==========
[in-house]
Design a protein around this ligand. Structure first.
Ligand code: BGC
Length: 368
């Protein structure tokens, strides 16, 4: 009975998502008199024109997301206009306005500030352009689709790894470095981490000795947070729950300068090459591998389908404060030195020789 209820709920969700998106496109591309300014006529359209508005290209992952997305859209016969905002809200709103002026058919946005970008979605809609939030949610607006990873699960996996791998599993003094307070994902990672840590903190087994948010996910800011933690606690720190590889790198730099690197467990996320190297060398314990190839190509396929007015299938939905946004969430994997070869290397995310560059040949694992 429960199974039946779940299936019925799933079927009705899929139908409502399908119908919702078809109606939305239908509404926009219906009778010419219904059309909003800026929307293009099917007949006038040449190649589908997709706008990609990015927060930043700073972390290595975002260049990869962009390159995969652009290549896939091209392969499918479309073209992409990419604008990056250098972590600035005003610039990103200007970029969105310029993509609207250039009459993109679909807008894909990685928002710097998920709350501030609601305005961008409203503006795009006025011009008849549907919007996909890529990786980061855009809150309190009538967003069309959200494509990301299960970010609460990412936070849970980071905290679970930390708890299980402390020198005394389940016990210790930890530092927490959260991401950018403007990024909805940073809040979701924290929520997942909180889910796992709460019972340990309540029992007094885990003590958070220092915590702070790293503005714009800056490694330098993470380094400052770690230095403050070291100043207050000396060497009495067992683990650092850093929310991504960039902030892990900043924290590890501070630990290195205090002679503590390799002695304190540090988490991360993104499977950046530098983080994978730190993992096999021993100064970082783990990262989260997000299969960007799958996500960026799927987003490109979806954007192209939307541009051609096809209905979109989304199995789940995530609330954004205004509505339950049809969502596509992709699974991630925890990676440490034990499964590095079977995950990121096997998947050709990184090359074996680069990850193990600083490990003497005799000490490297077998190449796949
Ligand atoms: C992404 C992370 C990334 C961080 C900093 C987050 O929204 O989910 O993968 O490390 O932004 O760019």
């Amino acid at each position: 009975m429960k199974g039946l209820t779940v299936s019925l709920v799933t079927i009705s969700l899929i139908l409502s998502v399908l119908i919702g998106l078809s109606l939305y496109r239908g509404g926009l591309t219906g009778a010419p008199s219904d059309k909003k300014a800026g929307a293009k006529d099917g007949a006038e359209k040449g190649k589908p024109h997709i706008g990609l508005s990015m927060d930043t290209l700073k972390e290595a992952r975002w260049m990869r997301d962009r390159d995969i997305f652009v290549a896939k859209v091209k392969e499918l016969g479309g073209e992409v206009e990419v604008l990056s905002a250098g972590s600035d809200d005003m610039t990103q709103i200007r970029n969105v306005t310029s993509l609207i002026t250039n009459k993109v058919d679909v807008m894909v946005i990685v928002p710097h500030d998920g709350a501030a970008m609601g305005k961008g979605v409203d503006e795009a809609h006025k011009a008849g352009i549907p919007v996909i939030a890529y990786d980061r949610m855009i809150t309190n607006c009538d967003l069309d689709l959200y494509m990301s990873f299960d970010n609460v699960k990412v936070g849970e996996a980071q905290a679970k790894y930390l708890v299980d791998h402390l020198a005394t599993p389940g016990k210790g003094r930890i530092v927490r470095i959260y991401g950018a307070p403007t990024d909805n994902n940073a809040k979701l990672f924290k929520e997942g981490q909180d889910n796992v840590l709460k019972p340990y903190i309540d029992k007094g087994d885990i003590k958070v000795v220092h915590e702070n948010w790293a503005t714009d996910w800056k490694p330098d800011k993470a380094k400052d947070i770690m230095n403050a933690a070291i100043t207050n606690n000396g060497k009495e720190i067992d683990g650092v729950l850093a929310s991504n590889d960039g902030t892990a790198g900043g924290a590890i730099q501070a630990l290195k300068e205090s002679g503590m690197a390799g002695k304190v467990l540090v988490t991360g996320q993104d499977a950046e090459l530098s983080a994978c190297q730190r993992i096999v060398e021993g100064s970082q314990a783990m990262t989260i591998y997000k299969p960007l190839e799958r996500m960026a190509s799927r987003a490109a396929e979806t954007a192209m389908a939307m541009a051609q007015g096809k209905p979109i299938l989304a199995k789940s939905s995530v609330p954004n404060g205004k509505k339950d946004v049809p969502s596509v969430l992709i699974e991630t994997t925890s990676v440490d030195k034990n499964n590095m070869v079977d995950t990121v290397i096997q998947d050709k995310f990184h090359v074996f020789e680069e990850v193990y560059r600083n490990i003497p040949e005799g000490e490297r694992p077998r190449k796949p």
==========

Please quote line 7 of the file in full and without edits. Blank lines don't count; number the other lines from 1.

């Amino acid at each position: 009975m429960k199974g039946l209820t779940v299936s019925l709920v799933t079927i009705s969700l899929i139908l409502s998502v399908l119908i919702g998106l078809s109606l939305y496109r239908g509404g926009l591309t219906g009778a010419p008199s219904d059309k909003k300014a800026g929307a293009k006529d099917g007949a006038e359209k040449g190649k589908p024109h997709i706008g990609l508005s990015m927060d930043t290209l700073k972390e290595a992952r975002w260049m990869r997301d962009r390159d995969i997305f652009v290549a896939k859209v091209k392969e499918l016969g479309g073209e992409v206009e990419v604008l990056s905002a250098g972590s600035d809200d005003m610039t990103q709103i200007r970029n969105v306005t310029s993509l609207i002026t250039n009459k993109v058919d679909v807008m894909v946005i990685v928002p710097h500030d998920g709350a501030a970008m609601g305005k961008g979605v409203d503006e795009a809609h006025k011009a008849g352009i549907p919007v996909i939030a890529y990786d980061r949610m855009i809150t309190n607006c009538d967003l069309d689709l959200y494509m990301s990873f299960d970010n609460v699960k990412v936070g849970e996996a980071q905290a679970k790894y930390l708890v299980d791998h402390l020198a005394t599993p389940g016990k210790g003094r930890i530092v927490r470095i959260y991401g950018a307070p403007t990024d909805n994902n940073a809040k979701l990672f924290k929520e997942g981490q909180d889910n796992v840590l709460k019972p340990y903190i309540d029992k007094g087994d885990i003590k958070v000795v220092h915590e702070n948010w790293a503005t714009d996910w800056k490694p330098d800011k993470a380094k400052d947070i770690m230095n403050a933690a070291i100043t207050n606690n000396g060497k009495e720190i067992d683990g650092v729950l850093a929310s991504n590889d960039g902030t892990a790198g900043g924290a590890i730099q501070a630990l290195k300068e205090s002679g503590m690197a390799g002695k304190v467990l540090v988490t991360g996320q993104d499977a950046e090459l530098s983080a994978c190297q730190r993992i096999v060398e021993g100064s970082q314990a783990m990262t989260i591998y997000k299969p960007l190839e799958r996500m960026a190509s799927r987003a490109a396929e979806t954007a192209m389908a939307m541009a051609q007015g096809k209905p979109i299938l989304a199995k789940s939905s995530v609330p954004n404060g205004k509505k339950d946004v049809p969502s596509v969430l992709i699974e991630t994997t925890s990676v440490d030195k034990n499964n590095m070869v079977d995950t990121v290397i096997q998947d050709k995310f990184h090359v074996f020789e680069e990850v193990y560059r600083n490990i003497p040949e005799g000490e490297r694992p077998r190449k796949p």